The EU has announced additional € 30 million for the “AfricaConnect” project, which will provide affordable, high-capacity Internet for research and education networks across Africa.
Commissioner for International Partnerships, Jutta Urpilainen, said: “Affordable high-speed broadband connectivity allow African youth, students, and researchers to boost collaborative scientific research with their peers around the world to help them tackle challenges in Africa. This is an important step towards tackling the digital divide. “
Improved Internet connectivity will not only facilitate African participation in world-class research projects, but also enable education, training and research institutions to develop and use applications to improve their teaching and learning environments, such as virtual classes or massive open online courses.
This additional € 30 million contribution from the EU budget will provide support to the three African Regional Research and Education Networks, which will also contribute € 7.5 million:
(a) UbuntuNet Alliance (Eastern and Southern Africa),
(b) WACREN (Western and Central Africa) and
(c) ASREN (Northern Africa and Middle East Arab countries) as well as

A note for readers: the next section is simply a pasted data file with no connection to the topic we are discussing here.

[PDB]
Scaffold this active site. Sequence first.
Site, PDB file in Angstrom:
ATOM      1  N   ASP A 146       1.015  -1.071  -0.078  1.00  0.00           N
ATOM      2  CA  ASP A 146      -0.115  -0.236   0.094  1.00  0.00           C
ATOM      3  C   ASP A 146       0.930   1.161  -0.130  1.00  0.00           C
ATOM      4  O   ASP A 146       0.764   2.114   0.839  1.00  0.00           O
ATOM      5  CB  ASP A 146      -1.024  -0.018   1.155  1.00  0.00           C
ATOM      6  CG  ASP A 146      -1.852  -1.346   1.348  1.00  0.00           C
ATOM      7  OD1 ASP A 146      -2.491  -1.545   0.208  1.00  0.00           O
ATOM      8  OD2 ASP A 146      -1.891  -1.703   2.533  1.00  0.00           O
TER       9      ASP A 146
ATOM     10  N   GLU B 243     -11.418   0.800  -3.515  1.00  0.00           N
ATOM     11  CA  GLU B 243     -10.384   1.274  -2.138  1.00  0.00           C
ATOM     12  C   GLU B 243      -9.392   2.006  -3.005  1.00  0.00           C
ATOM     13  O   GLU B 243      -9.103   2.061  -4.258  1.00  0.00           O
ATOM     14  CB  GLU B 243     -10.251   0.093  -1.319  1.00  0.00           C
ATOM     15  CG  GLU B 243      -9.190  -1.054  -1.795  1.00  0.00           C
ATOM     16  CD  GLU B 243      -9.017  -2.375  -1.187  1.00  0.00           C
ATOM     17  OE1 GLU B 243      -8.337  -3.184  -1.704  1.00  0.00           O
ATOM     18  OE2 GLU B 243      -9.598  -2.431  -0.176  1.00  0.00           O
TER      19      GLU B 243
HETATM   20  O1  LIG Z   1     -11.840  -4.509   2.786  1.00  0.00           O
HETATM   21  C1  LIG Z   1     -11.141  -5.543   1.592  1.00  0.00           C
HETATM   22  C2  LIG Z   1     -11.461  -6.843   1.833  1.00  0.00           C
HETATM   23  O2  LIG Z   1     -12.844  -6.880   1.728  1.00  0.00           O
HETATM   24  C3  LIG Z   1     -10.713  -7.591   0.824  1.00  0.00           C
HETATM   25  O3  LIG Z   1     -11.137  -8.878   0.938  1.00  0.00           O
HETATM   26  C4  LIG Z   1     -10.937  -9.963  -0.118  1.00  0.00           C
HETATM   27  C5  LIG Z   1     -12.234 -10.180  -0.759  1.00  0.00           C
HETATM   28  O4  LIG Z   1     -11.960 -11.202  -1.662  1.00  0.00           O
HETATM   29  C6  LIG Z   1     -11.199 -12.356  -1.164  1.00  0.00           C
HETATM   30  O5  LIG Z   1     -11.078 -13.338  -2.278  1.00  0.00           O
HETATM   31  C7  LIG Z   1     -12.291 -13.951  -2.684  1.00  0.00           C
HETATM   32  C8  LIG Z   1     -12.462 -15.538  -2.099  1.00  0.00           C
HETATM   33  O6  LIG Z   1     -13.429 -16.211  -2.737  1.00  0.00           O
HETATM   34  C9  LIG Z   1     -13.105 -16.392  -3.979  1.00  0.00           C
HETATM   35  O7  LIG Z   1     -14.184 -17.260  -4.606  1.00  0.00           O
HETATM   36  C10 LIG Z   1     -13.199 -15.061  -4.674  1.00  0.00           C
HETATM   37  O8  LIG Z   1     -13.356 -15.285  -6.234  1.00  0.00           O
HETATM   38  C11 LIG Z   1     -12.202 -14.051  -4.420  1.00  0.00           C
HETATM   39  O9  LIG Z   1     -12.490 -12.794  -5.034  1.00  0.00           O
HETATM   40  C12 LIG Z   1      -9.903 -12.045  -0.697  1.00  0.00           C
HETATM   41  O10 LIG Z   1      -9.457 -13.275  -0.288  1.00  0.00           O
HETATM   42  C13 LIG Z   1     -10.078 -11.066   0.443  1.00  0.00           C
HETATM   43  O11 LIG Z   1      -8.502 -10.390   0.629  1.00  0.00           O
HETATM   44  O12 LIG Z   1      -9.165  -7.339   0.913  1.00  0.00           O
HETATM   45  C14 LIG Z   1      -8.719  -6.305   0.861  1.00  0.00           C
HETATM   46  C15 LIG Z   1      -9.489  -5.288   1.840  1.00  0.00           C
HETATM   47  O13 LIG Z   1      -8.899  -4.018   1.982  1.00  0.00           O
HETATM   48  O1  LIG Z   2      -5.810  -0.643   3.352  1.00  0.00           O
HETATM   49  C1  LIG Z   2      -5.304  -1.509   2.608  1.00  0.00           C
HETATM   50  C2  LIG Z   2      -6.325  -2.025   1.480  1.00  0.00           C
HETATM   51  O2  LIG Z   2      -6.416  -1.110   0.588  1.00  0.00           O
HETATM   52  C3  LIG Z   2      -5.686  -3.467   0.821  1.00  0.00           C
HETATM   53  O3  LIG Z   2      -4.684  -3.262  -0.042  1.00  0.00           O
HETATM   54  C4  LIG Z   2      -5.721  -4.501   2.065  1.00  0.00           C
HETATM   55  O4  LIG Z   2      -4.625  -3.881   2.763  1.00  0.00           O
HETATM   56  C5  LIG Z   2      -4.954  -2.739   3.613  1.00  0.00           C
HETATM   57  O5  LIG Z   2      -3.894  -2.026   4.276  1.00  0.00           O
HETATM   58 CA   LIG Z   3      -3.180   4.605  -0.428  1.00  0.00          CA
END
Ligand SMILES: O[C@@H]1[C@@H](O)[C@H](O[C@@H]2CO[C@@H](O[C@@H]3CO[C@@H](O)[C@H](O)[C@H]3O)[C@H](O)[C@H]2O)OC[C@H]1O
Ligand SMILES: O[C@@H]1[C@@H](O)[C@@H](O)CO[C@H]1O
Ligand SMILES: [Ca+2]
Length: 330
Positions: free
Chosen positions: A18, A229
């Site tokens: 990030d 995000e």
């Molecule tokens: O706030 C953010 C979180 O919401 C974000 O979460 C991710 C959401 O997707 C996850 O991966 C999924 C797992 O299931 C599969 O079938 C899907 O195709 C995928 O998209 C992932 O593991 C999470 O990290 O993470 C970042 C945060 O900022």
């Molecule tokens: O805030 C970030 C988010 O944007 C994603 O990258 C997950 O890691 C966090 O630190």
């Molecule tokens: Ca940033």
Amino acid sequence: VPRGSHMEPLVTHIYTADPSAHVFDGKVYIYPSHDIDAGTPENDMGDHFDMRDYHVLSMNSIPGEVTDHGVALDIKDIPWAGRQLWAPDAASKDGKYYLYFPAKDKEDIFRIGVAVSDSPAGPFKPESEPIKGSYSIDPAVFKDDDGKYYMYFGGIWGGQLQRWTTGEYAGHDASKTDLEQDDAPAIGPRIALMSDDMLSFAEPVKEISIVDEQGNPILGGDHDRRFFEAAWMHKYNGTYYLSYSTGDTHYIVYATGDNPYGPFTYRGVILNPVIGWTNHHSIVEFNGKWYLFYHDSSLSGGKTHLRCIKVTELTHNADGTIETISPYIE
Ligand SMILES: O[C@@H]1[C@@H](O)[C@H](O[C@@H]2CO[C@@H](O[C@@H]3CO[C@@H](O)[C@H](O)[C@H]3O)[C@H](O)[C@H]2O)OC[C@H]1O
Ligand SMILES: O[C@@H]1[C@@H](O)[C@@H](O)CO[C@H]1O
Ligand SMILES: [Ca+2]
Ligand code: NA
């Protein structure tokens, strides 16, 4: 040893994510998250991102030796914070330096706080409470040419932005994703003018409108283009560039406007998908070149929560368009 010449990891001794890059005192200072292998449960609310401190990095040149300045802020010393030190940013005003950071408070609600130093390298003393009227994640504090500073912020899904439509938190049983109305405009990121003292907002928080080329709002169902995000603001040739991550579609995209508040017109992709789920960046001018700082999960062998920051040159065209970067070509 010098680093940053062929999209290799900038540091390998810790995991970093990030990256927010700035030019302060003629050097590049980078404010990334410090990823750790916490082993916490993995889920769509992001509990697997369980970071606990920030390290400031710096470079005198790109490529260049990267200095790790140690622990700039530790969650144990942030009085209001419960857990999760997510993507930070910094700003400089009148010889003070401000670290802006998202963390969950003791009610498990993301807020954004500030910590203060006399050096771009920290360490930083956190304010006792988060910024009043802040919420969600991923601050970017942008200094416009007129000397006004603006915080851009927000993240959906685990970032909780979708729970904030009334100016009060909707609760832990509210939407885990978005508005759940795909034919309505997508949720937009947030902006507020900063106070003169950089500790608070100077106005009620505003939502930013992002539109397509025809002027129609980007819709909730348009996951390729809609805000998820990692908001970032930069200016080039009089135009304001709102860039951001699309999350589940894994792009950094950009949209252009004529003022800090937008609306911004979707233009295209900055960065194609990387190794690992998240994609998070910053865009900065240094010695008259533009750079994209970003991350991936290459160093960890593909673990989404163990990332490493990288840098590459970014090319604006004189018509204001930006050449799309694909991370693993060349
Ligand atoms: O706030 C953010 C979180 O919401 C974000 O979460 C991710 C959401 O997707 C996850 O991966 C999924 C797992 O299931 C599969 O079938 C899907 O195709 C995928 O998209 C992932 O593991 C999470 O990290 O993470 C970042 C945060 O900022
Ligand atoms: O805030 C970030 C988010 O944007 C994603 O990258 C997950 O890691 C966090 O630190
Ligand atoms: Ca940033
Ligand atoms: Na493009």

(d) GÉANT, Europe’s leading collaboration on e-infrastructure and services for research and education and operator of the GÉANT pan-European Research and Education Network.
The new contracts signed today will support the third phase of the project. Since its launch in 2014, more than 800 higher education and research institutions have been connected, their high-speed capacity has been significantly increased, while costs have been lowered.
(a) In Zambia , the National Research and Education Network (ZAMREN) multiplied their Internet capacity by 60 times, while costs dropped by 94% over a 4-year period.
(b) In Nigeria , the project helped students to improve campus security at the University of Lagos. By building a mock surveillance system for the detection of intruders, in the form of a moving robot, the project demonstrated a cost-effective way to deploy monitoring on Nigerian campuses. This has inspired other universities to improve campus security nationwide.
(c) In Uganda , the project helped students to enhance their university services through facilitating affordable online access. Frustrated with long waiting lines and complex bureaucracy, a group of software development and data management students developed an application that optimized administrative processes and enhanced their learning experience.
(d) In Egypt , AfricaConnect joined forces with the scientific community to issue early warnings about natural disasters. The impact of dust storms, which can cause injury through falling debris or trigger asthma attacks, is being mitigated through monitoring and timely alerts. Reliable Internet connectivity provided by this project has helped to access, download and transfer data from satellite sensors and meteorological stations.